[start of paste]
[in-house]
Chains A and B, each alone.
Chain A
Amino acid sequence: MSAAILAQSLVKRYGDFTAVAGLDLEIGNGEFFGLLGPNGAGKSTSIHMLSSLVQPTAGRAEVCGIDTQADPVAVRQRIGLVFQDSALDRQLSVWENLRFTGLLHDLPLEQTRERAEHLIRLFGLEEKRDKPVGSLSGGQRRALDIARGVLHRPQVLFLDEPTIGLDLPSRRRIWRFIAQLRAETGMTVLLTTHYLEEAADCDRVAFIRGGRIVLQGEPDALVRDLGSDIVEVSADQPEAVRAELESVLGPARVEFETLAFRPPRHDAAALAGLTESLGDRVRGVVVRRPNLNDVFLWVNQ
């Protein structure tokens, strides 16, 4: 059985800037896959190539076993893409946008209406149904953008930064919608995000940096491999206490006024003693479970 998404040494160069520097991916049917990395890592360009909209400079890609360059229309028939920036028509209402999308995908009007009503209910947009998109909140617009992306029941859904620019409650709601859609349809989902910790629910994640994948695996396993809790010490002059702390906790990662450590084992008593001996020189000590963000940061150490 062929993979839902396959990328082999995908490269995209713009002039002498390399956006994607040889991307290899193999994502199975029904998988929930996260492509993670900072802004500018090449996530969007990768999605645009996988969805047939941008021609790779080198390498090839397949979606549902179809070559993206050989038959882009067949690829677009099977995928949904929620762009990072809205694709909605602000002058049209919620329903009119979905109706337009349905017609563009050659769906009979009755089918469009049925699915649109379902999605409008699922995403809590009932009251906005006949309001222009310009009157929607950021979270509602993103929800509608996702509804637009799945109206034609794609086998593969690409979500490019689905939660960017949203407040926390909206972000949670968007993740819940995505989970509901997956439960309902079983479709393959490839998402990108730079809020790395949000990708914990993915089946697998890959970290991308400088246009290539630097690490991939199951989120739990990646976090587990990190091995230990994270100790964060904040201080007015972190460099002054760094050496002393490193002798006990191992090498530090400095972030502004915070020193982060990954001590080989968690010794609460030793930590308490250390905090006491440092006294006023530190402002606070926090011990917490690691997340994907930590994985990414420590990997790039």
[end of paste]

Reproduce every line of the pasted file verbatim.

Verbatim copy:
[in-house]
Chains A and B, each alone.
Chain A
Amino acid sequence: MSAAILAQSLVKRYGDFTAVAGLDLEIGNGEFFGLLGPNGAGKSTSIHMLSSLVQPTAGRAEVCGIDTQADPVAVRQRIGLVFQDSALDRQLSVWENLRFTGLLHDLPLEQTRERAEHLIRLFGLEEKRDKPVGSLSGGQRRALDIARGVLHRPQVLFLDEPTIGLDLPSRRRIWRFIAQLRAETGMTVLLTTHYLEEAADCDRVAFIRGGRIVLQGEPDALVRDLGSDIVEVSADQPEAVRAELESVLGPARVEFETLAFRPPRHDAAALAGLTESLGDRVRGVVVRRPNLNDVFLWVNQ
């Protein structure tokens, strides 16, 4: 059985800037896959190539076993893409946008209406149904953008930064919608995000940096491999206490006024003693479970 998404040494160069520097991916049917990395890592360009909209400079890609360059229309028939920036028509209402999308995908009007009503209910947009998109909140617009992306029941859904620019409650709601859609349809989902910790629910994640994948695996396993809790010490002059702390906790990662450590084992008593001996020189000590963000940061150490 062929993979839902396959990328082999995908490269995209713009002039002498390399956006994607040889991307290899193999994502199975029904998988929930996260492509993670900072802004500018090449996530969007990768999605645009996988969805047939941008021609790779080198390498090839397949979606549902179809070559993206050989038959882009067949690829677009099977995928949904929620762009990072809205694709909605602000002058049209919620329903009119979905109706337009349905017609563009050659769906009979009755089918469009049925699915649109379902999605409008699922995403809590009932009251906005006949309001222009310009009157929607950021979270509602993103929800509608996702509804637009799945109206034609794609086998593969690409979500490019689905939660960017949203407040926390909206972000949670968007993740819940995505989970509901997956439960309902079983479709393959490839998402990108730079809020790395949000990708914990993915089946697998890959970290991308400088246009290539630097690490991939199951989120739990990646976090587990990190091995230990994270100790964060904040201080007015972190460099002054760094050496002393490193002798006990191992090498530090400095972030502004915070020193982060990954001590080989968690010794609460030793930590308490250390905090006491440092006294006023530190402002606070926090011990917490690691997340994907930590994985990414420590990997790039």